by Anton Chekhov, translated Michael Frayn
Royal Exchange Theatre To 20 October 2001
Runs 2hr 40mins One interval
TICKETS 0161 833 9833
Review Timothy Ramsden 10 September
A light touch too often ends up heavy-handed in this anniversary production by one of England’s finest theatre companies.This is the second Exchange Vanya in 25 years. In the title role is Tom Courtenay, who played in the theatre’s opening production, The Rivals, in 1976. Most of the cast are experienced Exchange actors. All very fitting for the 25th anniversary season opener. But the weight of this glad time works counter to the production’s good; the elements don’t integrate.
Director Gregory Hersov serves up a briskly energetic evening. Courtenay is always fascinating to watch, and especially to hear. The voice characterises through irony and comment; there’s passion despoiled by the sense of failure. But Vanya is 47, and however old that appeared in the late 19th century Russian outback, Courtenay’s silver-haired, dignified figure seems ridiculous in his passion for young Yelena. Of an age with her husband, the dryasdust academic Serebryakov (John Bennett), Vanya’s fury at the marriage lacks conviction.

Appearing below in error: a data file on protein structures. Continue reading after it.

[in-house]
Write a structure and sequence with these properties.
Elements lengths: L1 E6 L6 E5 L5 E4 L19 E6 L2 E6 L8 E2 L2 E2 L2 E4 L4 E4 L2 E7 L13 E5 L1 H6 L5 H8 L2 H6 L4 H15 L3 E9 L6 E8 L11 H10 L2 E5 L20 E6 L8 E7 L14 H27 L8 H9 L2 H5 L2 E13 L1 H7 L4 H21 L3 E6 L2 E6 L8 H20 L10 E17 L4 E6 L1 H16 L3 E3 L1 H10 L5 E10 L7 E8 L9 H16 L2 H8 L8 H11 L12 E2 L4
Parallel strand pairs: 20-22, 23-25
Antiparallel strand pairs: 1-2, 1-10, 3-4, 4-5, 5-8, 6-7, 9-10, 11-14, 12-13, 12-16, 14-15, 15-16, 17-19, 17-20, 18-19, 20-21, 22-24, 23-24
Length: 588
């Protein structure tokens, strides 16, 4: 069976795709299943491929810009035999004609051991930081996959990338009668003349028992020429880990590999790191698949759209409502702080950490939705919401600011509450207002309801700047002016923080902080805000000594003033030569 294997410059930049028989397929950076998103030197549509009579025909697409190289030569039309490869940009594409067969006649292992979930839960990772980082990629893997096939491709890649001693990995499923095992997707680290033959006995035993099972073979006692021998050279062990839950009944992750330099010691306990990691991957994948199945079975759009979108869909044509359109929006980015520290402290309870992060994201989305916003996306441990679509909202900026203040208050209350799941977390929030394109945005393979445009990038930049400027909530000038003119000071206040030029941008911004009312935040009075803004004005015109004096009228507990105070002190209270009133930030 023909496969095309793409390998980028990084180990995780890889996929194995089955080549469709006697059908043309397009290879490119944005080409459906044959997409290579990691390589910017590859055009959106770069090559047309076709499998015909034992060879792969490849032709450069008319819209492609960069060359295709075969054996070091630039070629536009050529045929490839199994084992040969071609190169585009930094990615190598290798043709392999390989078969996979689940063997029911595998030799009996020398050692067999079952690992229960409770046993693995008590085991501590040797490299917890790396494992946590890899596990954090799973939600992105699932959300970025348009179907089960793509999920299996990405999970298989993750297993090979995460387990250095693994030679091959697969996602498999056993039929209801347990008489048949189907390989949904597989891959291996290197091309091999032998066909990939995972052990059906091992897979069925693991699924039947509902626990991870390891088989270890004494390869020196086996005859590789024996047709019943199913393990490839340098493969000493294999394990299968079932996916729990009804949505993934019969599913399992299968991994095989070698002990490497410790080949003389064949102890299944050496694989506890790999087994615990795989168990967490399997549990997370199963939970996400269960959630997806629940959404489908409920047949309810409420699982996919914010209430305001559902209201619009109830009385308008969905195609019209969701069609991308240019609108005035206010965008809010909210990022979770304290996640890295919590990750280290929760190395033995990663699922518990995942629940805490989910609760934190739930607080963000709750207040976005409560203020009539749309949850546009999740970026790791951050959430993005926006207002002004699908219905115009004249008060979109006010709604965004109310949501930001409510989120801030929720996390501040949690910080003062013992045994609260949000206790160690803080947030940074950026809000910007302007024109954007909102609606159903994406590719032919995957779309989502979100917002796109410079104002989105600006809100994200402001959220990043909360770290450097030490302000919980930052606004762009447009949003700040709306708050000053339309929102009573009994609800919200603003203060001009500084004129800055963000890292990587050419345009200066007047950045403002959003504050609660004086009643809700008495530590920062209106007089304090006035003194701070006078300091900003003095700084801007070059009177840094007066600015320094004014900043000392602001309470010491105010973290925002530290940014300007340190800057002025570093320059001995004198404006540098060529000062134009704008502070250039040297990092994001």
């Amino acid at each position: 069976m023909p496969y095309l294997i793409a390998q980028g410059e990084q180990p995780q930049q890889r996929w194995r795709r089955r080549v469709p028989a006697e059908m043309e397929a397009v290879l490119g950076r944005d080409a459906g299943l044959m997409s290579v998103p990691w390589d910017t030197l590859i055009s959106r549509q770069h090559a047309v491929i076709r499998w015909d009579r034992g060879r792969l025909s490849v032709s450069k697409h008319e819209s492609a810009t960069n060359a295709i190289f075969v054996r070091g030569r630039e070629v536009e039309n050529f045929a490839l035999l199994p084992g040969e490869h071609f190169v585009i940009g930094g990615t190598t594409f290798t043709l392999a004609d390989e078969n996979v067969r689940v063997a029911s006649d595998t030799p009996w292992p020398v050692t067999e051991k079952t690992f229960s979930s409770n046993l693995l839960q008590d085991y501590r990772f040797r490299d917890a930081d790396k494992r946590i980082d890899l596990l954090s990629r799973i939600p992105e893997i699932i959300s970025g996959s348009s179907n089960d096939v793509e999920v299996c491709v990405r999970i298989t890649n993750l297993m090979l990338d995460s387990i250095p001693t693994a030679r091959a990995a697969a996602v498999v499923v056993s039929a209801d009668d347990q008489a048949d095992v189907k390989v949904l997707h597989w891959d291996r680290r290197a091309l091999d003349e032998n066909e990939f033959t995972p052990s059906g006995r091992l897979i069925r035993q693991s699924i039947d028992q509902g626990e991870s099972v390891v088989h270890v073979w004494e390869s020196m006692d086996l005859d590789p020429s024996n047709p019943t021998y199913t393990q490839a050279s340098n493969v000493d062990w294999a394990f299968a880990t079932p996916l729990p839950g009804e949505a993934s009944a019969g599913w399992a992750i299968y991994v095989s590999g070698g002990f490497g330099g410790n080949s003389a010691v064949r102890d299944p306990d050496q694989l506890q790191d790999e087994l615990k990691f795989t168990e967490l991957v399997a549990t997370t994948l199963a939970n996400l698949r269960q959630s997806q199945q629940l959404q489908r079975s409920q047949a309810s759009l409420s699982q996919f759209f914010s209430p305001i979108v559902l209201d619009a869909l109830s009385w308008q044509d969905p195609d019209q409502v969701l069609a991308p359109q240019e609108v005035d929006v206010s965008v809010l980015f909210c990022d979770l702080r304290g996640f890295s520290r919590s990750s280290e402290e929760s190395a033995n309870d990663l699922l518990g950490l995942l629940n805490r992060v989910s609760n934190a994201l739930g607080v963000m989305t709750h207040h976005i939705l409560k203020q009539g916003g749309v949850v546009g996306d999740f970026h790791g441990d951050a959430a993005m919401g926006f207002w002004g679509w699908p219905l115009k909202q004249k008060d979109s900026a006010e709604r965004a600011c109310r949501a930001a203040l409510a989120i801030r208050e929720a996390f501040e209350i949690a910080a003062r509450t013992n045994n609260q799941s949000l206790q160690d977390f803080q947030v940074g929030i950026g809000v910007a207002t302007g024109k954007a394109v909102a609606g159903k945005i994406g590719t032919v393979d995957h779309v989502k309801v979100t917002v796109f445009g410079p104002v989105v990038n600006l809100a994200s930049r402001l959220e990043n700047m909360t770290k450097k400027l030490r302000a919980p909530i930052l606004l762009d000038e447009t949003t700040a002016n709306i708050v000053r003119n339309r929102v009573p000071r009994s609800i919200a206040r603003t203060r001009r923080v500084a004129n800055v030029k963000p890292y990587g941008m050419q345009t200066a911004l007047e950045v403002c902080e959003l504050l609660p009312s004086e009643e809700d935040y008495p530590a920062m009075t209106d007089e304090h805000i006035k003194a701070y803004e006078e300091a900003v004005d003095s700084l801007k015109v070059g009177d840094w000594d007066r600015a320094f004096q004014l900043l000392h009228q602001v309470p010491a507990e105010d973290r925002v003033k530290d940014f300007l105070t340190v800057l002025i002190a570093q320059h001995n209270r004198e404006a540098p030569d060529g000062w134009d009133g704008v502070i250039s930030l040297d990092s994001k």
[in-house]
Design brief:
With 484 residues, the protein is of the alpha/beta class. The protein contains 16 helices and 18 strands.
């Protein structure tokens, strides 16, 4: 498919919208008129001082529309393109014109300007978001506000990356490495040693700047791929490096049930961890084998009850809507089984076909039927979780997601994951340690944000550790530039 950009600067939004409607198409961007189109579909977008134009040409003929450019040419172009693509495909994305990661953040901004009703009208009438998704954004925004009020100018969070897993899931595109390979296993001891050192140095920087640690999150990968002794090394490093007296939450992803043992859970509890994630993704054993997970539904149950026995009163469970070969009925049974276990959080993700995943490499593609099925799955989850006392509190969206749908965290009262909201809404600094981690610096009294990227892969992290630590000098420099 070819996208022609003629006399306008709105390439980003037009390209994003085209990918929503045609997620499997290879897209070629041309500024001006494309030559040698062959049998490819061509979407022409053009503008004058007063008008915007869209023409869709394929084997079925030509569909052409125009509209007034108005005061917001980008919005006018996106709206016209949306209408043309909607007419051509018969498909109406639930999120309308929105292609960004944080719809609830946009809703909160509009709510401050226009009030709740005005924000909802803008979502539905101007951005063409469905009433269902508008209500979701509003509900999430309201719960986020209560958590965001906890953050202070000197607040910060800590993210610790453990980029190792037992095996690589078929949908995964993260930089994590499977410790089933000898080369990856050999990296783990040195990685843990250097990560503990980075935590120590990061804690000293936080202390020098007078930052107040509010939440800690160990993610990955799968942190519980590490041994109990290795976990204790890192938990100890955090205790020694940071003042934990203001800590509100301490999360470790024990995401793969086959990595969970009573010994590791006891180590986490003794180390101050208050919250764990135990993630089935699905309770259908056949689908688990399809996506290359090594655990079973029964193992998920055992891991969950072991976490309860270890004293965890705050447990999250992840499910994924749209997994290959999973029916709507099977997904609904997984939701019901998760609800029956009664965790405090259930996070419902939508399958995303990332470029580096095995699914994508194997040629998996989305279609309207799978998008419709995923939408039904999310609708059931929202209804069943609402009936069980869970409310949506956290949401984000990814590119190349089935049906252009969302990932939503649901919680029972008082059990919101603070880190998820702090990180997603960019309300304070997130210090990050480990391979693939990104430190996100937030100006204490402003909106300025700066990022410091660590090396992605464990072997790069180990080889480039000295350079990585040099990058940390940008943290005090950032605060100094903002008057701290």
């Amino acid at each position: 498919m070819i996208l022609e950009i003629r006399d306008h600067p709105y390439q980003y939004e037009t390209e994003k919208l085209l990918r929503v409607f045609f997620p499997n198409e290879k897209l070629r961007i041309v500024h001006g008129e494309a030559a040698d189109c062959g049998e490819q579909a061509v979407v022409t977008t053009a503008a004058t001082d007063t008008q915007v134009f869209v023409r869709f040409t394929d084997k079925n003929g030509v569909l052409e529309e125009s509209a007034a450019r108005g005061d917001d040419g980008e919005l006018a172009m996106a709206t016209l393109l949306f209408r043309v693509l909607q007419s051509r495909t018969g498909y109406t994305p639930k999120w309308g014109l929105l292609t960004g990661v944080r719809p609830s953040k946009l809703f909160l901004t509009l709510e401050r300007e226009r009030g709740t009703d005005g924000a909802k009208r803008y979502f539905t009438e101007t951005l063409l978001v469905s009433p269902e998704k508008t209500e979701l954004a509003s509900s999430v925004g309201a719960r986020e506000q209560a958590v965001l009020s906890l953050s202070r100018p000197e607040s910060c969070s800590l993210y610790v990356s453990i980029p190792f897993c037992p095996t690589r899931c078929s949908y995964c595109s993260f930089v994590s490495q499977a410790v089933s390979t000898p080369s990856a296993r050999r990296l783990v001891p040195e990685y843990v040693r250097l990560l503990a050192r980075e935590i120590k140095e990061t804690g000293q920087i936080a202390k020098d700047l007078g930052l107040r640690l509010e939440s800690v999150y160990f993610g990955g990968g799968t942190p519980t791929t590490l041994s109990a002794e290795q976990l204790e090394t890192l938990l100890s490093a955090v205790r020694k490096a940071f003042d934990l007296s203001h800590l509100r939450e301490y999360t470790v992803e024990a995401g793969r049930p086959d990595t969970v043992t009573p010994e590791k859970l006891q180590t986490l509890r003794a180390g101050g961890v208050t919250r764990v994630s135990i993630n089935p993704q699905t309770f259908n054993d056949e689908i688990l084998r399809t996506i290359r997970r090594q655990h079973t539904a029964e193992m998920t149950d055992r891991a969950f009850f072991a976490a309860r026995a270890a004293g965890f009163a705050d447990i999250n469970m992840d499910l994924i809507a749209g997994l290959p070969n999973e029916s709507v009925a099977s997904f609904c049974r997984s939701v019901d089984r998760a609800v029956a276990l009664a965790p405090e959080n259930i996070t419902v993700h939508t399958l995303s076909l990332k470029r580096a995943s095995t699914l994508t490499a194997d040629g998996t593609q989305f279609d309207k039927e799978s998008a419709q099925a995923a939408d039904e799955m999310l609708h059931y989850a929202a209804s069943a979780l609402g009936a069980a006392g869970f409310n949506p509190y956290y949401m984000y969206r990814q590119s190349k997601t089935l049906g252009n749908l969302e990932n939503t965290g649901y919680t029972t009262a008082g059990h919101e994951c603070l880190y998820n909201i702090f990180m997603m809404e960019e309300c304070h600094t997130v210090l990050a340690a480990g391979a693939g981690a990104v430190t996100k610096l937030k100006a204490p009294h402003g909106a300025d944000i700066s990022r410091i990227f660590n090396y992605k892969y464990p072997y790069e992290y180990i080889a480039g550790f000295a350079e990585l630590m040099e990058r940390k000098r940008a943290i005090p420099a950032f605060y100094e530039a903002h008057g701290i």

Too much is underwhelming, from the little use made of the bouquet Vanya brings Yelena, only to find her in a clinch with his young doctor friend Astrov, to Bennett’s professor, tetchy instead of downright aggravating, and Kaye Wragg’s lightweight Sonya, the centre and balance of the household.
Though there’s little sense of a household. Intimacy is repeatedly lost as characters declare and declaim instead of talking in lifelike manner. So much fury; so limited impact.
Most successful are Robert Glenister’s Astrov, his sweeping idealism mixed with a self-destructive death by vodka lifestyle, and Helen Schlesiger’s Yelena. From the first her sexual energy is clear in the eyes’ sparkle when Astrov speaks to her, and in the way she flings kisses even over her husband’s aged torso, desperate for a living response. Here is a spirit struggling for expression against moral sense, and humanity – not just stagecraft – in the unforgiving birch forest.